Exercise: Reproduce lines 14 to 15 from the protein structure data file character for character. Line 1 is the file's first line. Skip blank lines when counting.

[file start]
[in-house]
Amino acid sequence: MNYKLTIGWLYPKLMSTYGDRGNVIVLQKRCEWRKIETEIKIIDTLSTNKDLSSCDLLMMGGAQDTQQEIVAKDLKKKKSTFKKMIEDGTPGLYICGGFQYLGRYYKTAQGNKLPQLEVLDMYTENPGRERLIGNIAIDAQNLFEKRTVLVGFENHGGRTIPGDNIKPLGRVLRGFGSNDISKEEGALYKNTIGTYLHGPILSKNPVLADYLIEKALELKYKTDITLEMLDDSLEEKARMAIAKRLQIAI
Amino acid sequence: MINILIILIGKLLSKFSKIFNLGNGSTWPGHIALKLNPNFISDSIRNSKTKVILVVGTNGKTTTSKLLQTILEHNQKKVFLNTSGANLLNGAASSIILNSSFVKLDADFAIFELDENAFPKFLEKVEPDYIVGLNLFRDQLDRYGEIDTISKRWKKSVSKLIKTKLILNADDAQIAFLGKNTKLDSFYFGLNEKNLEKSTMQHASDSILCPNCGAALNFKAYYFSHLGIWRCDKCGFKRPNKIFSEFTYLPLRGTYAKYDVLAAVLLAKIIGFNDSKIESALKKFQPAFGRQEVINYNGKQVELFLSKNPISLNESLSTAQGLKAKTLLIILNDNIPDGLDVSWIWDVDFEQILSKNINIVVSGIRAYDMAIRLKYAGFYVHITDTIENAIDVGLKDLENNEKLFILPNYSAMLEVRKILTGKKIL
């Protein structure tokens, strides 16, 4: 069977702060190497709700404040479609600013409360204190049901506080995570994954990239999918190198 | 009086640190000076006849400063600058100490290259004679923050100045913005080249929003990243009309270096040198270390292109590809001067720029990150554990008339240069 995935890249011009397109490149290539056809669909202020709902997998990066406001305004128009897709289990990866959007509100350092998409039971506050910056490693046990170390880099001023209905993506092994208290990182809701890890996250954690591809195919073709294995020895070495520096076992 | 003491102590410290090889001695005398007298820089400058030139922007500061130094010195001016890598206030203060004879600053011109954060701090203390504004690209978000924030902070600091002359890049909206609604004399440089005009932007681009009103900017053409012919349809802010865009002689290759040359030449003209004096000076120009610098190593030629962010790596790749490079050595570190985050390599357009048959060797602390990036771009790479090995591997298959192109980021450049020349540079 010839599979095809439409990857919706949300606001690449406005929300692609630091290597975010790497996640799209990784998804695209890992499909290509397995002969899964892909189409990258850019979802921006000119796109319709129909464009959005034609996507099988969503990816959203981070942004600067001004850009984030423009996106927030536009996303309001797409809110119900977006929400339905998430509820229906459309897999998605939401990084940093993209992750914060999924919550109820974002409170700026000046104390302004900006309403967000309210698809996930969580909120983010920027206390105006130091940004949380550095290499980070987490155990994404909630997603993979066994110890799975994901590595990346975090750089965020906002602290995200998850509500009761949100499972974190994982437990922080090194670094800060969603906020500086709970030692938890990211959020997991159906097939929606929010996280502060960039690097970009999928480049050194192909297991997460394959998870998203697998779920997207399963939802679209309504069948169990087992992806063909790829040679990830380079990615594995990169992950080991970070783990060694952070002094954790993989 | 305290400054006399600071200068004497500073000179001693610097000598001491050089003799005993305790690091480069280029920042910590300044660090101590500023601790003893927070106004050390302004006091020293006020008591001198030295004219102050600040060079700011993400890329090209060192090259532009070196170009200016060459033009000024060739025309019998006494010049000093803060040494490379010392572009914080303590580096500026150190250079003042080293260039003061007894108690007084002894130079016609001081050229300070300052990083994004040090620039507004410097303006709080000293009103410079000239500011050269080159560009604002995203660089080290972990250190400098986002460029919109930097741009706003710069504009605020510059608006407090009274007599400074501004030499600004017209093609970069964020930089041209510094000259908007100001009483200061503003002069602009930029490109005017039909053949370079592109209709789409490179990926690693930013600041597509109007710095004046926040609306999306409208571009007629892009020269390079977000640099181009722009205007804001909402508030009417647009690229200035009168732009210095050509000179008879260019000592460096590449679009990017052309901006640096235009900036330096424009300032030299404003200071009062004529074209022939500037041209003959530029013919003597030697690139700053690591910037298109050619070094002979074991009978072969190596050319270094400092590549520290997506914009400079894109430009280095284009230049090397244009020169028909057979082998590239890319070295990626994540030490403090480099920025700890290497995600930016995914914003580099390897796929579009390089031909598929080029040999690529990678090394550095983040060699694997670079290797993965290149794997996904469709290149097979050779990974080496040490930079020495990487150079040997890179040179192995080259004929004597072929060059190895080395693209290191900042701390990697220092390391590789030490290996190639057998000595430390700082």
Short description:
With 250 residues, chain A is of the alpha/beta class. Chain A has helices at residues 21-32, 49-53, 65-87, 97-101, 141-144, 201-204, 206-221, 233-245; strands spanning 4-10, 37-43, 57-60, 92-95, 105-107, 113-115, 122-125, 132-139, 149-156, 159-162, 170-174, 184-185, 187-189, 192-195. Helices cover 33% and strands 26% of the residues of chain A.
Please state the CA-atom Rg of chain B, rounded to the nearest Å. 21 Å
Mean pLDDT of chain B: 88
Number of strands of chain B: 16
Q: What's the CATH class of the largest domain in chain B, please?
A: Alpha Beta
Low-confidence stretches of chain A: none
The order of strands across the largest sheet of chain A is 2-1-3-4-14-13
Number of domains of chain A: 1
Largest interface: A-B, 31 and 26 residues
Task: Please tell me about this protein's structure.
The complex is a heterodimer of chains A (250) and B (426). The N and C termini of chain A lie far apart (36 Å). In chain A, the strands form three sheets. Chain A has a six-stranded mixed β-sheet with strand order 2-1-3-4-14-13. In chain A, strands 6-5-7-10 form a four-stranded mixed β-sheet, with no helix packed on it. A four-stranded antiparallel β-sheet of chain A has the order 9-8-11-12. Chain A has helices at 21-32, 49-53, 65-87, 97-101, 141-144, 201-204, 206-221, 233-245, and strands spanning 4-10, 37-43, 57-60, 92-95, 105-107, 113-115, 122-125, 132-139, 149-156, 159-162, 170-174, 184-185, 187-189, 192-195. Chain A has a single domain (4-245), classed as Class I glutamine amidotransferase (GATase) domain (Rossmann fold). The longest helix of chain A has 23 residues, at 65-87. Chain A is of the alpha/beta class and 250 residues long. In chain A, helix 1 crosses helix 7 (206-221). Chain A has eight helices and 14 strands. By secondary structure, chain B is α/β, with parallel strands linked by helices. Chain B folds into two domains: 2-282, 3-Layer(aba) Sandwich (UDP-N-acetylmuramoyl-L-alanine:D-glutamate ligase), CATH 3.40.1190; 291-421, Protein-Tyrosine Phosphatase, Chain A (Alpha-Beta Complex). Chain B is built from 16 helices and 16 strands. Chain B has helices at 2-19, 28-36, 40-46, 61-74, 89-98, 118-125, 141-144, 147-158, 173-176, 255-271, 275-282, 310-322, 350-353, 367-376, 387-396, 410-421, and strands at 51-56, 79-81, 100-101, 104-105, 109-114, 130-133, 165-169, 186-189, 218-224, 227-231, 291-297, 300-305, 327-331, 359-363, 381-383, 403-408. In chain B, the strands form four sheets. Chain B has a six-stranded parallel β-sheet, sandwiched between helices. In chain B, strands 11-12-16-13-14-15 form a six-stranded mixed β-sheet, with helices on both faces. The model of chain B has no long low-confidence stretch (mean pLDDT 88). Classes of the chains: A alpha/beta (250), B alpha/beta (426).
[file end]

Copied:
Number of domains of chain A: 1
Largest interface: A-B, 31 and 26 residues